Our Pottery Barn Knockoff Metal Pumpkins are the perfect DIY fall decor for those looking for big style on a small budget!
Another year, another fall, and another opportunity to decorate for the season! This year, I asked Greg if I should buy some fall decoration instead of our usual DIY fall decor.
He nearly spit out his martini and asked if I was feeling ok, LOL! He was looking at me a little strange, but then he said something that sounded a tiny bit like a “yes.”
Good enough for me!
Before he could think about it any further, I went online to see what I could find. After a time, I finally found a beautiful pumpkin at Pottery Barn! It had all the qualities I wanted: it was interesting, it was big and it was galvanized metal, so I could use it both indoors and outdoors. But there was one teensy weensy problem with it: it was $99… yes $99! For this galvanized pumpkin!
Well, you can guess what happened next, right?
After contemplating whether I should buy 2 or 3 of these pumpkins, I added 2 of them to my cart. Then, thinking what a great find it was, I took a sip from my wine and decided to get the third one. You know…just for fun! After all, we have a big money tree in our back yard, and all I needed was to pick some $100 leaves from the tree to pay for these metal pumpkins…
LOL. I WISH! What a wonderful dream though, right?
Ok, here’s what really happened.
After trying to get over my sticker shock, I asked Greg to take me to Home Depot. I already had some galvanized metal strap on hand, so I only needed some 1/4 inch nuts and a 1/4 inch threaded metal rod to come up with something similar, and that is how my Pottery Barn knockoff Metal Pumpkins project started.
Pottery Barn Knockoff Metal Pumpkins Supplies List
- Galvanized metal strap
- 1/4 inch galvanized hex nuts – I used 3 for each pumpkin.
- 1/4 inch threaded rod – I bought a 24 inch long threaded rod, because I wanted to make 2 pumpkins. But you can also find 12 inch long threaded rods, if you are planning to make only one.
- 1/4 inch T-nuts – I used 1 for each pumpkin.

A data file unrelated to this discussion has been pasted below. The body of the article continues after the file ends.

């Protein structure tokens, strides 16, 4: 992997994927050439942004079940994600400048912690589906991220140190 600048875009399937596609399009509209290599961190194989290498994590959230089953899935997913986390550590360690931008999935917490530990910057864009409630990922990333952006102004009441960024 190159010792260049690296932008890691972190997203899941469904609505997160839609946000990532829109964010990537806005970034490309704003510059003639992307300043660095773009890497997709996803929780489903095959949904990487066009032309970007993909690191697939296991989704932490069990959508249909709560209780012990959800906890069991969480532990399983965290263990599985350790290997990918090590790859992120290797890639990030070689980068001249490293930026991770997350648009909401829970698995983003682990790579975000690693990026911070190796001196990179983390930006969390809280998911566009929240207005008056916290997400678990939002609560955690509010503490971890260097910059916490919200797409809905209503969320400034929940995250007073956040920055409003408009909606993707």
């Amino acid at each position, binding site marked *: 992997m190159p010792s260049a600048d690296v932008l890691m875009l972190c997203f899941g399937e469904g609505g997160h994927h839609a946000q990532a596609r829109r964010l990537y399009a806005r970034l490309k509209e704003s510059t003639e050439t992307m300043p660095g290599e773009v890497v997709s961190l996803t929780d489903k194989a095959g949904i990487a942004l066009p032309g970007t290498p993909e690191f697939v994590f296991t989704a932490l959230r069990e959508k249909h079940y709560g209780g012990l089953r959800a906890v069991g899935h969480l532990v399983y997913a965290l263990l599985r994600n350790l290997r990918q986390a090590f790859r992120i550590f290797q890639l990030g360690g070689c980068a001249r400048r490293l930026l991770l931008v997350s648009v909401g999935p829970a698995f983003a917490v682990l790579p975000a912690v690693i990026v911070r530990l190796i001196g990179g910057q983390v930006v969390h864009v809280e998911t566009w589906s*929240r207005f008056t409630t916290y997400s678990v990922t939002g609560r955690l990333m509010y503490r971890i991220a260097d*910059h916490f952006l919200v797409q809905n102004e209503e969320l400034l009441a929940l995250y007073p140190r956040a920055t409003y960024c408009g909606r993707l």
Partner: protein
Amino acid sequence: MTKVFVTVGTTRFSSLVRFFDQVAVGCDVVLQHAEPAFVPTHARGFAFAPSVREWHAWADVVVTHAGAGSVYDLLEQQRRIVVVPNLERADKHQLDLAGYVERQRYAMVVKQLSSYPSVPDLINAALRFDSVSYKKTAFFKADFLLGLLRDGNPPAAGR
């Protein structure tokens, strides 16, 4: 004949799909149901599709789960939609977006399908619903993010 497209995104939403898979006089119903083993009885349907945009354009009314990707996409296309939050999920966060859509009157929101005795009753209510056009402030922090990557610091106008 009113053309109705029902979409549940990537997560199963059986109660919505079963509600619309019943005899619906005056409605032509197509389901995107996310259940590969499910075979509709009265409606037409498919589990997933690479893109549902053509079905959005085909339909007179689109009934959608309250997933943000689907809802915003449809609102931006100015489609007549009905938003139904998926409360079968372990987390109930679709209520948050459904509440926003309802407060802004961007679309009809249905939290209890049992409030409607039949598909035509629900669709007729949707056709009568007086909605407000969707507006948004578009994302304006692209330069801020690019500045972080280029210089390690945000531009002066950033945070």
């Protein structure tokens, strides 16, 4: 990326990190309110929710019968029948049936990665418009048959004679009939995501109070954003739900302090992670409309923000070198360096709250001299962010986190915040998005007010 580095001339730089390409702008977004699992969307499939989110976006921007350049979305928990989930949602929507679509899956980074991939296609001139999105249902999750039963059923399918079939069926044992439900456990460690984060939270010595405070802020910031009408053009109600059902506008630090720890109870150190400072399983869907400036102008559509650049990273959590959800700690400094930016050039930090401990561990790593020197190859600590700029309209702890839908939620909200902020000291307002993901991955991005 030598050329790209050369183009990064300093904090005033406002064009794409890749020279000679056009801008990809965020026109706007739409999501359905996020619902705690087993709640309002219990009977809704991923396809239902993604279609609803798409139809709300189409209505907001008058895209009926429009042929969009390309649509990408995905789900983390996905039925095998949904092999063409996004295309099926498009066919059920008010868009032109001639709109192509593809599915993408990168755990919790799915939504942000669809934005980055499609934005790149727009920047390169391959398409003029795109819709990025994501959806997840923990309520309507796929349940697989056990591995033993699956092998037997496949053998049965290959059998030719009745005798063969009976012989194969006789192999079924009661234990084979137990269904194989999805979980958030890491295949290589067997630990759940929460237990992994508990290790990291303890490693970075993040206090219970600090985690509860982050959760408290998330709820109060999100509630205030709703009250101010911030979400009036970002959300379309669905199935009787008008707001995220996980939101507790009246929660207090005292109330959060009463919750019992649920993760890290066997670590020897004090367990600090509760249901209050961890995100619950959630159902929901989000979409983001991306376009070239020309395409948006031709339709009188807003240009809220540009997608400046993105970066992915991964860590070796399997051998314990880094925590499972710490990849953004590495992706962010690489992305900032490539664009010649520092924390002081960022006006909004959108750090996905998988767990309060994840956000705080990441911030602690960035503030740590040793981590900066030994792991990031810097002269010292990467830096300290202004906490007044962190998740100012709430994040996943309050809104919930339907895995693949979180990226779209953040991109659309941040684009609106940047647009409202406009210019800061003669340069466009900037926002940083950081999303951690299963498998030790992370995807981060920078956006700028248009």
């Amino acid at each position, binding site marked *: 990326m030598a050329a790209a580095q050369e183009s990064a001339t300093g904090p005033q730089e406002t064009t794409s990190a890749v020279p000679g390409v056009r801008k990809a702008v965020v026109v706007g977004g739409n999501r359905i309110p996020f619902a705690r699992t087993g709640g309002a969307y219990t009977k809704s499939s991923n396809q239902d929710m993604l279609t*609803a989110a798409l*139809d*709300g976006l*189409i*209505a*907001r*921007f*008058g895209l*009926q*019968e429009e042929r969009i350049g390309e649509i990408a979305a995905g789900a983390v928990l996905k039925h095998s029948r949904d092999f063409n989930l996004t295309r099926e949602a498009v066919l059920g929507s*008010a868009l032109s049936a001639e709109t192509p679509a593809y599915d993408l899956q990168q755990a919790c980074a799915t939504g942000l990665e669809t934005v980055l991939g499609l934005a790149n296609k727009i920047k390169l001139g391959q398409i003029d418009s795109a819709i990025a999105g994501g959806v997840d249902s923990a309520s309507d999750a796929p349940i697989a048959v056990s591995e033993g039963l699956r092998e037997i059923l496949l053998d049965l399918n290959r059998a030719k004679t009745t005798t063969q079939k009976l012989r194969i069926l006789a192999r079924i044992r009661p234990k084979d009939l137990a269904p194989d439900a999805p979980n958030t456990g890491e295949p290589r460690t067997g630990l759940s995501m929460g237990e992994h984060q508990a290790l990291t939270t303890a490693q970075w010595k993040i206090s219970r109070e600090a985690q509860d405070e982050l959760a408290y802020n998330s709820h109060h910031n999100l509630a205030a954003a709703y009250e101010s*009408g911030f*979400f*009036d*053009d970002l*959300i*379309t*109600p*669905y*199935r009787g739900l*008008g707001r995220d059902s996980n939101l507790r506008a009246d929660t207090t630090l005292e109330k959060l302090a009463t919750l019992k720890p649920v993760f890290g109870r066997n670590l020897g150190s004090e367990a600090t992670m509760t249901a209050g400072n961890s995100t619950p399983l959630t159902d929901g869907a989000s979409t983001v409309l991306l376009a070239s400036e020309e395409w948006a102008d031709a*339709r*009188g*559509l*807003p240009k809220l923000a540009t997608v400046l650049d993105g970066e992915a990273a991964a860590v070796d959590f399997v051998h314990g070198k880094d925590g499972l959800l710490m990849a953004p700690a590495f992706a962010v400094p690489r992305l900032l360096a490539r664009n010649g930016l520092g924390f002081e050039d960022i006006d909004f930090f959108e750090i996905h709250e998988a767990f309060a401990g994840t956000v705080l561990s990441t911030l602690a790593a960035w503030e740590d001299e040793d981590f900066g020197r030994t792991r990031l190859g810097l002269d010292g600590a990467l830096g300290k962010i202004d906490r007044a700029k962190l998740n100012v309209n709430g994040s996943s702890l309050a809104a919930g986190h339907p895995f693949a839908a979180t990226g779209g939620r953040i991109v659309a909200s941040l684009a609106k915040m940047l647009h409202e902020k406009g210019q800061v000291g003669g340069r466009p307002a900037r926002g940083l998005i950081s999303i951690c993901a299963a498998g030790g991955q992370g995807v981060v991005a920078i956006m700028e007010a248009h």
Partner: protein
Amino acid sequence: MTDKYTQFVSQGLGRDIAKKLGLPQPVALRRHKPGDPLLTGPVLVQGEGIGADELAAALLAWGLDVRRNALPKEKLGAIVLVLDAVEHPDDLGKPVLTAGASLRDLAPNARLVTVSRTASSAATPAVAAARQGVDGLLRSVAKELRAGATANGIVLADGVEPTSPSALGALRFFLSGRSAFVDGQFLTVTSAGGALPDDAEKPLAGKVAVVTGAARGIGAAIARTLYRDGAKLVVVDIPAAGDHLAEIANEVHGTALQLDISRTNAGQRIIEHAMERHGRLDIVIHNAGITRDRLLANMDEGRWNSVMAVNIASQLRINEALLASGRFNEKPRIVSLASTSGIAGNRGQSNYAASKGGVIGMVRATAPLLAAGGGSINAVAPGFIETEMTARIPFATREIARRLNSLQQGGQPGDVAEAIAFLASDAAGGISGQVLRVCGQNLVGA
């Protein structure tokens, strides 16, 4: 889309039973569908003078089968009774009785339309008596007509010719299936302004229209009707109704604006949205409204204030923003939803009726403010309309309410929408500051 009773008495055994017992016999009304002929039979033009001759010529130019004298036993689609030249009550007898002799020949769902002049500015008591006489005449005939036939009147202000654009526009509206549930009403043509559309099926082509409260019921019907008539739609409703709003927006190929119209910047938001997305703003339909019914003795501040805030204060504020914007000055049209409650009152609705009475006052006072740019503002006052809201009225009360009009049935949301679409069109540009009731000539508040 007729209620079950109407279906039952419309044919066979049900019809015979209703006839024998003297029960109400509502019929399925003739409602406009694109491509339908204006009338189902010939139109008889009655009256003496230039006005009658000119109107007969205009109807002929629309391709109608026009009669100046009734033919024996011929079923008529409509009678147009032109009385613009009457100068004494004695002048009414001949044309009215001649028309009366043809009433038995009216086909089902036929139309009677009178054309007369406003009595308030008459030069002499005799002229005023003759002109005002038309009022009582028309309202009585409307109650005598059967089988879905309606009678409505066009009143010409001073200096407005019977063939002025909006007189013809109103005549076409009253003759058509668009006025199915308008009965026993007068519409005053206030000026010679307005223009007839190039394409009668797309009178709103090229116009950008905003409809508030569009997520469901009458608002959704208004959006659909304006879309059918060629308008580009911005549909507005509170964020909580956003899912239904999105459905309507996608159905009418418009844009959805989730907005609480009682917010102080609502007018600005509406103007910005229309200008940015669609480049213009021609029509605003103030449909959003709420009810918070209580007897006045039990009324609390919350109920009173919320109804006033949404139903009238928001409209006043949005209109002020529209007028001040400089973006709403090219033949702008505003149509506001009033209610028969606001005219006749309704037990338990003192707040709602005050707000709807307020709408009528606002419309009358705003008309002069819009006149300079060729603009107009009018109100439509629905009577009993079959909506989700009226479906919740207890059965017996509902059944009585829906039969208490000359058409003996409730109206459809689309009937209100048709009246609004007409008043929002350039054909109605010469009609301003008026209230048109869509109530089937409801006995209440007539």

- Aluminum lawn edging – I used this to make the pumpkin leaves. As I bought mine at a tag sale, I am not sure where you can find this. My best guess would be your local hardware store. But if you can’t find it, then even burlap would be a good substitute, since you will be making leaves out of it.
- Vine-wrapped craft wire.
- Power drill and a step drill bit.
- A pair of scissors – something strong enough to cut metal.
- A pair of pliers.
- Flat black spray paint.
Pottery Barn Knockoff Metal Pumpkins Tutorial
First, I prepared the metal straps. I cut 6 metal straps, each 42 inches long for the big pumpkin and 4 metal straps, each 22 inches long for the small pumpkin.
As the straps want to curl, you will need someone’s help with this step. After cutting 10 of them, I asked Greg to help me mark the mid point of the metal straps. He took his sweet old “man time,” but eventually he helped me mark the mid points of all 10 metal straps 🙂 Look at him though – isn’t he the cutest when kneeling before his queen?? LOL. Back to the tutorial…
Once the mid-points were marked, I started drilling holes in both ends and in the mid-points of the straps. I drilled the holes slightly bigger than 1/4 inch, so they wouldn’t have a problem fitting the 1/4 inch rod.
Next, I marked the threaded rod at 12 inches (and at 6 inches for the small pumpkin), and cut it with a hacksaw. [Excuse me – who cut it with a hacksaw? -Greg]
As all of the pieces for the metal pumpkin’s body were ready, I started putting it together. First, I screwed the bottom end-nut. I chose a T-nut for the bottom end, so the pumpkin would stay nice and balanced when I put it on the floor.
Next, I threaded the straps on the rod…
…and screwed on a hex nut to secure the straps in their places.
Once I was finished with the bottom part, I started working on the top. I screwed on another hex nut about 2-3 inches below the top of the rod.
Then I started threading the straps to the top and then screwing another hex nut to secure them in their places.
Once the straps were all in, I started working on the shape of the metal pumpkin. I slightly bent the top and the bottom parts of the straps to make the whole thing resemble a pumpkin.
After I was done with the shape, I cut the excess top part of the rod with a hacksaw [*ahem!* Who cut it?? -Greg] as I had a great plan for the pumpkin’s stem. But before working on the stem, I wanted to lessen the shine of the galvanized straps. To do so, I lightly spray painted the metal pumpkin from a good distance…at least 18-20 inches away.
I only sprayed a very little bit, so only a little paint would find the metal straps. After all, I wasn’t trying to paint it entirely, but I was just trying to take the shine off by giving some black splotches here and there. Do you see the picture below? That is the effect I was going for.
Once I finished spray painting, I focused on the stem and the pumpkin leaves. I found a pumpkin leaf clip art online and printed it out to use as a pattern. Then I cut the leaf shapes from the aluminum lawn edging I had.
As I didn’t want the sharp metal to hurt anyone, I filed the edges a bit. Once I was done filing, I drilled 1/4 inch holes in the stems of the leaves.
Click on ‘Page 2 of 2’ below to continue.
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